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Secure connectivity for the internet of things

In a provocative 2015 report, Gartner analysts Karamouzis, Jivan and Notardonato discussed the disruptive nature of smart machines, cognitive technologies and algorithmic business models. By classifying content, finding patterns and extrapolating generalizations from those patterns, these technologies will change the competitive landscape. The eyes and ears of smart machines will be the internet of things, the so-called “digital mesh,” which will be given voice by secure connectivity infrastructure that enables them to talk.

Secure connectivity infrastructure includes a few basic building blocks (Figure 1), the implementation of which can vary considerably:

  • Intelligent IoT device
  • Access device
  • Communications media
  • IoT controller
  • Analytics and business applications
  • Device and network management
Figure 1: IoT secure connectivity infrastructure

Figure 1: IoT secure connectivity infrastructure

IoT secure connectivity infrastructure

An intelligent IoT device is a machine, or a group of machines, that uses a control network protocol, TCP/IP or a proprietary protocol for data communications. In peer-to-peer networks, data communications may be limited to an isolated group of devices, while in other cases — like automotive telematics and demand-side management systems — communications will be directed to a centralized data center serving potentially tens of millions of IoT devices.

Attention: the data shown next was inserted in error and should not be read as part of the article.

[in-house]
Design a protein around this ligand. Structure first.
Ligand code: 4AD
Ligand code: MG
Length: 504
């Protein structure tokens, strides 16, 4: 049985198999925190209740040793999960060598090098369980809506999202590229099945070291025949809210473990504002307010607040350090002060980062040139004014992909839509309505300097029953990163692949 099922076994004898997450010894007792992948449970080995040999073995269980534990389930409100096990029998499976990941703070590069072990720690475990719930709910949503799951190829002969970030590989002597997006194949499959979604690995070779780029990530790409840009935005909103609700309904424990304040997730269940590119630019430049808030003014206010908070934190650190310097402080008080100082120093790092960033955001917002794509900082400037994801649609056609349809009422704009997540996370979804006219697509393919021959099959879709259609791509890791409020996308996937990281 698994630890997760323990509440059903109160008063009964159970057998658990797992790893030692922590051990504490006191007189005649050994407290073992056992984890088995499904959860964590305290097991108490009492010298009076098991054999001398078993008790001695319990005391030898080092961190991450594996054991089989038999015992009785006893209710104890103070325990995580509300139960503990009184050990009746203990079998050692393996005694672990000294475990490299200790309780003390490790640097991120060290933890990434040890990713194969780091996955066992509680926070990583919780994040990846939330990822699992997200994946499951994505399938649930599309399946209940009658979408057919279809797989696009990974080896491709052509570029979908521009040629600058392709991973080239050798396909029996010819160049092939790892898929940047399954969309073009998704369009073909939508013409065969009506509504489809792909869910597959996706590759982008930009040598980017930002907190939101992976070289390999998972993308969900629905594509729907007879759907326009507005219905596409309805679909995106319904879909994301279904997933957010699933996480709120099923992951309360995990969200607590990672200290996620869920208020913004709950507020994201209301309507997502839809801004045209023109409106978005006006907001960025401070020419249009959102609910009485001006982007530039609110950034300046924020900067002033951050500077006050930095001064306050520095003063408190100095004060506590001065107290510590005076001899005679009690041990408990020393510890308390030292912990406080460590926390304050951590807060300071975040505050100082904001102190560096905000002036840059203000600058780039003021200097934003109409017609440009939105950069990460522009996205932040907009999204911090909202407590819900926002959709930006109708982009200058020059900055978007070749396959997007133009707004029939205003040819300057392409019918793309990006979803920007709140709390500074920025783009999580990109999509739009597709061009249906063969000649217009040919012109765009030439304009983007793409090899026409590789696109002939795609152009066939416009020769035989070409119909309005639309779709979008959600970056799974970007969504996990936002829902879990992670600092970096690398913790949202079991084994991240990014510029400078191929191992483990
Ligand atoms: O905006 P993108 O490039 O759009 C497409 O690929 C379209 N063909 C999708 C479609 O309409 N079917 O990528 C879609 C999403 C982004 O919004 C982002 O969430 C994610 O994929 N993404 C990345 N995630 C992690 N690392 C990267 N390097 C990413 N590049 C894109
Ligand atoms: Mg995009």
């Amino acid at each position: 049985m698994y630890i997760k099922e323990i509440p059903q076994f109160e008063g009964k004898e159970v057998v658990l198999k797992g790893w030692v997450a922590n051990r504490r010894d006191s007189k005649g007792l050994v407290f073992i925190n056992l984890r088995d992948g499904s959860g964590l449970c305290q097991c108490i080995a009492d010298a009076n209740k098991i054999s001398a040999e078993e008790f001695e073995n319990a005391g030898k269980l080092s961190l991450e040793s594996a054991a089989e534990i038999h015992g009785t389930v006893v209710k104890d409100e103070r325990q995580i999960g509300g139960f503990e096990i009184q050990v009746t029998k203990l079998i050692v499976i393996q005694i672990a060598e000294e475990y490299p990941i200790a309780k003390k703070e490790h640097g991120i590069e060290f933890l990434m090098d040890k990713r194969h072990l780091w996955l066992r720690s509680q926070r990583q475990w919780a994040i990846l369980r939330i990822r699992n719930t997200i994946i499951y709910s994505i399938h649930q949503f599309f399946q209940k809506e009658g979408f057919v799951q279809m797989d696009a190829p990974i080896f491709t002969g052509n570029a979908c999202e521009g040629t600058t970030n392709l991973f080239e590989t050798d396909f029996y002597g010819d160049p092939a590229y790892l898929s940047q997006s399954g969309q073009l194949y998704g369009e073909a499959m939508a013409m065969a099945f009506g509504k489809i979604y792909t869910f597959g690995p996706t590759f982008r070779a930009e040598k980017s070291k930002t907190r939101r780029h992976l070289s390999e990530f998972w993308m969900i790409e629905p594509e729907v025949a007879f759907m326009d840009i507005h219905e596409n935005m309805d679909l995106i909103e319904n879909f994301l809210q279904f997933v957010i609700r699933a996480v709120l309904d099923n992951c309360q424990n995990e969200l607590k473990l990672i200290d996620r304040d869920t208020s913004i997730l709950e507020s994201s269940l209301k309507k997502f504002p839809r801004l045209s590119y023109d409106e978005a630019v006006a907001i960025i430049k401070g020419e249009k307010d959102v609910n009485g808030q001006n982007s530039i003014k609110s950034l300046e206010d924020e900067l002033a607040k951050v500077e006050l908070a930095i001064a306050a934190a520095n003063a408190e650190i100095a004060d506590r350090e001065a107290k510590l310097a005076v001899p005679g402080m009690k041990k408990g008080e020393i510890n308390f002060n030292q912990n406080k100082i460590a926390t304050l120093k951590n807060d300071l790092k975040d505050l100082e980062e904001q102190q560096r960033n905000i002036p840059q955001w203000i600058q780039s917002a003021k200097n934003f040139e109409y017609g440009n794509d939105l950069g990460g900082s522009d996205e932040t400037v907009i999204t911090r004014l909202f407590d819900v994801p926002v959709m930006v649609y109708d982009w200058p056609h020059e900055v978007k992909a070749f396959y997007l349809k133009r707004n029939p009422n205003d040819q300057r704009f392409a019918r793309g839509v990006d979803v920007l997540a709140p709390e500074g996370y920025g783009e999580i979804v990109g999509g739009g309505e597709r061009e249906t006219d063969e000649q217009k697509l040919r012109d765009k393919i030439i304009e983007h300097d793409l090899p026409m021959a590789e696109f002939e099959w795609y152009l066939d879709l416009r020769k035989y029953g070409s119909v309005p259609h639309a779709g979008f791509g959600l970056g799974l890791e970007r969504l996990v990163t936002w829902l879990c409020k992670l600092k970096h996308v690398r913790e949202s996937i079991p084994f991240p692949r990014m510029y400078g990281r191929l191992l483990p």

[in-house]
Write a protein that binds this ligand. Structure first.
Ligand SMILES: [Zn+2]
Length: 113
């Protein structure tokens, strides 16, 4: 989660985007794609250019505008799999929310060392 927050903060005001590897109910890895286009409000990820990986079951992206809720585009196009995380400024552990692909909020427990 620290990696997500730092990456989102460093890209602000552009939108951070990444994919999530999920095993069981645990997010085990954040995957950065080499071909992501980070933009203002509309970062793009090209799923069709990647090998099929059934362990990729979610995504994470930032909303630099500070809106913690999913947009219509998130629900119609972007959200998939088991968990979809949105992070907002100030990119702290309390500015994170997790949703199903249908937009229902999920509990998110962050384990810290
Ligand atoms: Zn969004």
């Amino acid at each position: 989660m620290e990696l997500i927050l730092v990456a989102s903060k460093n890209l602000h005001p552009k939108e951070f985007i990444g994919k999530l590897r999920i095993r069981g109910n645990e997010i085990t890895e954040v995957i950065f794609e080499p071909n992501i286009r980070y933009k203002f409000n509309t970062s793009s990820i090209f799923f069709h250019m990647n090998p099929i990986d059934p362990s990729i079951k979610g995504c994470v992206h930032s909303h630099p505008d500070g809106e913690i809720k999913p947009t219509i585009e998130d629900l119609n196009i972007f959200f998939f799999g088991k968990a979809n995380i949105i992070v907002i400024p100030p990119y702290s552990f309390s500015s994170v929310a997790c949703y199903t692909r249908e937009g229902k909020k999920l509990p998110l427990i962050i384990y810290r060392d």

There are two forms of access devices: gateways and converged IoT systems. A gateway is used when the IoT device has serial, analog or proprietary inputs/outputs (I/O) that are incompatible with a data communication network. The gateway converts these I/O into a protocol and format compatible with the network.

A converged IoT device is used to reduce process latency, lower the volume of data communication traffic or send a summary of local activity to a data center. It does this by running an analytics application locally to analyze IoT data. Converged IoT devices are characterized by their powerful compute engines, remote management capabilities, and ability to ingest analog or digital sensor data and control bus traffic.

The communications medium used in IoT systems vary considerably, and may include wired Ethernet, Wi-Fi, cellular or specialized control network physical layers. There are dozens of different control network physical layers, and even more controls protocols that use them. Table 1 presents some of the standard-based control network physical layers, and Table 2 shows the more common control network protocols used in different vertical markets.

Table 1: Control network physical layers

Table 1: Control network physical layers

Table 2: Control network protocols

Table 2: Control network protocols

Wide area networks (WANs) may use cellular, satellite, DSL, cable modem, fiber optics, microwave, MPLS or E1/T1 communication media, among others. The upside of cellular is that WANs can be quickly set up and moved as needed in the event of a disaster or during adds, moves and changes. The downside of cellular is the high recurring subscription costs, especially for data-heavy applications.